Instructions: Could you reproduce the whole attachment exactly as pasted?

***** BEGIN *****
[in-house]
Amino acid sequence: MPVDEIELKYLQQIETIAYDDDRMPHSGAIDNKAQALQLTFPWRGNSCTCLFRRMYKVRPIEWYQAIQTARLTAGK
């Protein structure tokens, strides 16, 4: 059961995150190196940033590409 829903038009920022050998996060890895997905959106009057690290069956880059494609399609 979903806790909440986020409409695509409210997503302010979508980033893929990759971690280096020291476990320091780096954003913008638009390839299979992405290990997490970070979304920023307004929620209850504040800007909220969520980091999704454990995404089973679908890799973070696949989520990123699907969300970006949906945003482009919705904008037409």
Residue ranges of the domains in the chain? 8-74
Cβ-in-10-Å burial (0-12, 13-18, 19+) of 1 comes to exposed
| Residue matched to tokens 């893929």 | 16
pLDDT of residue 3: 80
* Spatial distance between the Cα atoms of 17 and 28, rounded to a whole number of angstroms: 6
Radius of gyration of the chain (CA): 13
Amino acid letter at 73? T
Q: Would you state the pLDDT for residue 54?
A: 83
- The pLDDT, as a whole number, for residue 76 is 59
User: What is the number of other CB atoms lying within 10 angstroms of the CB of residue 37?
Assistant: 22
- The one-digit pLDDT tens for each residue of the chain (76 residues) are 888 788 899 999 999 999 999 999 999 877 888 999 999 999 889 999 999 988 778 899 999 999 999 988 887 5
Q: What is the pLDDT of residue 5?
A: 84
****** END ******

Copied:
[in-house]
Amino acid sequence: MPVDEIELKYLQQIETIAYDDDRMPHSGAIDNKAQALQLTFPWRGNSCTCLFRRMYKVRPIEWYQAIQTARLTAGK
């Protein structure tokens, strides 16, 4: 059961995150190196940033590409 829903038009920022050998996060890895997905959106009057690290069956880059494609399609 979903806790909440986020409409695509409210997503302010979508980033893929990759971690280096020291476990320091780096954003913008638009390839299979992405290990997490970070979304920023307004929620209850504040800007909220969520980091999704454990995404089973679908890799973070696949989520990123699907969300970006949906945003482009919705904008037409």
Residue ranges of the domains in the chain? 8-74
Cβ-in-10-Å burial (0-12, 13-18, 19+) of 1 comes to exposed
| Residue matched to tokens 């893929």 | 16
pLDDT of residue 3: 80
* Spatial distance between the Cα atoms of 17 and 28, rounded to a whole number of angstroms: 6
Radius of gyration of the chain (CA): 13
Amino acid letter at 73? T
Q: Would you state the pLDDT for residue 54?
A: 83
- The pLDDT, as a whole number, for residue 76 is 59
User: What is the number of other CB atoms lying within 10 angstroms of the CB of residue 37?
Assistant: 22
- The one-digit pLDDT tens for each residue of the chain (76 residues) are 888 788 899 999 999 999 999 999 999 877 888 999 999 999 889 999 999 988 778 899 999 999 999 988 887 5
Q: What is the pLDDT of residue 5?
A: 84